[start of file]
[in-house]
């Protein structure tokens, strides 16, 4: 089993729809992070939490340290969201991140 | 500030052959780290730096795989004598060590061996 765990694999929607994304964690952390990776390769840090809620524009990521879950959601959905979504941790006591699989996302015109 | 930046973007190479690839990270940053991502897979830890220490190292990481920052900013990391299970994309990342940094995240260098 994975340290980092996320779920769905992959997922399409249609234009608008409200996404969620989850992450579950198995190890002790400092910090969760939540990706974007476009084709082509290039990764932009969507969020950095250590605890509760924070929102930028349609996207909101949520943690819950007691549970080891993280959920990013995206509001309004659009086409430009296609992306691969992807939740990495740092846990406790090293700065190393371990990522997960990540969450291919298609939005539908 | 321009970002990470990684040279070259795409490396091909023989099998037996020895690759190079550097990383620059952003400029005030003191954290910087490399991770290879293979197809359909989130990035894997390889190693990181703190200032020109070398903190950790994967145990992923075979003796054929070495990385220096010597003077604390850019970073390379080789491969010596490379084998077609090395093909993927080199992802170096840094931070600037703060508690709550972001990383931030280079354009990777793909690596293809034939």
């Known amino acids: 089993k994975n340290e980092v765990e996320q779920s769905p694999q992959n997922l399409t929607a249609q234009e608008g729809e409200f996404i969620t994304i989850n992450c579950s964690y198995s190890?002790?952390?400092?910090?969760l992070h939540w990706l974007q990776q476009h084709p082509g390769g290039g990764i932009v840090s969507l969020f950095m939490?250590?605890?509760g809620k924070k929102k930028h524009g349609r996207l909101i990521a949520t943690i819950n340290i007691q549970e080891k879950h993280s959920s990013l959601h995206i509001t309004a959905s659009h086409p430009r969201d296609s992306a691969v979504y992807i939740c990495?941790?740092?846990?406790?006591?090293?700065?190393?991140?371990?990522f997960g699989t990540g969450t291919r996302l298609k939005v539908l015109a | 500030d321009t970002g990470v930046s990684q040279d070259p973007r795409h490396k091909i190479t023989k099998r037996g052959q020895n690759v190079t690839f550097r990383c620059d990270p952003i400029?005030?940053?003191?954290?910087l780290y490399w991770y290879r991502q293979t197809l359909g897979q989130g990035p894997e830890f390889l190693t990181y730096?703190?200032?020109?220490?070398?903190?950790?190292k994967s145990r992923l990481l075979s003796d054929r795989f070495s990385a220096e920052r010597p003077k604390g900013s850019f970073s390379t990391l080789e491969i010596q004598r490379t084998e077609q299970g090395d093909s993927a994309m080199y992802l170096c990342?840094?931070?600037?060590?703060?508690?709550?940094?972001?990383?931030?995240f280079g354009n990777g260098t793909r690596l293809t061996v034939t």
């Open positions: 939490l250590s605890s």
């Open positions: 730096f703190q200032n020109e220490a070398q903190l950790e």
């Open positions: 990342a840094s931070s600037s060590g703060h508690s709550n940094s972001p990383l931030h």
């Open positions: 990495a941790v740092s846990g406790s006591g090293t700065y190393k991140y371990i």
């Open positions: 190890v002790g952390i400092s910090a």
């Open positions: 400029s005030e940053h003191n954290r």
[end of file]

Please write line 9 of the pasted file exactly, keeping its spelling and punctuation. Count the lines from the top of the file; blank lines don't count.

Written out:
């Open positions: 400029s005030e940053h003191n954290r």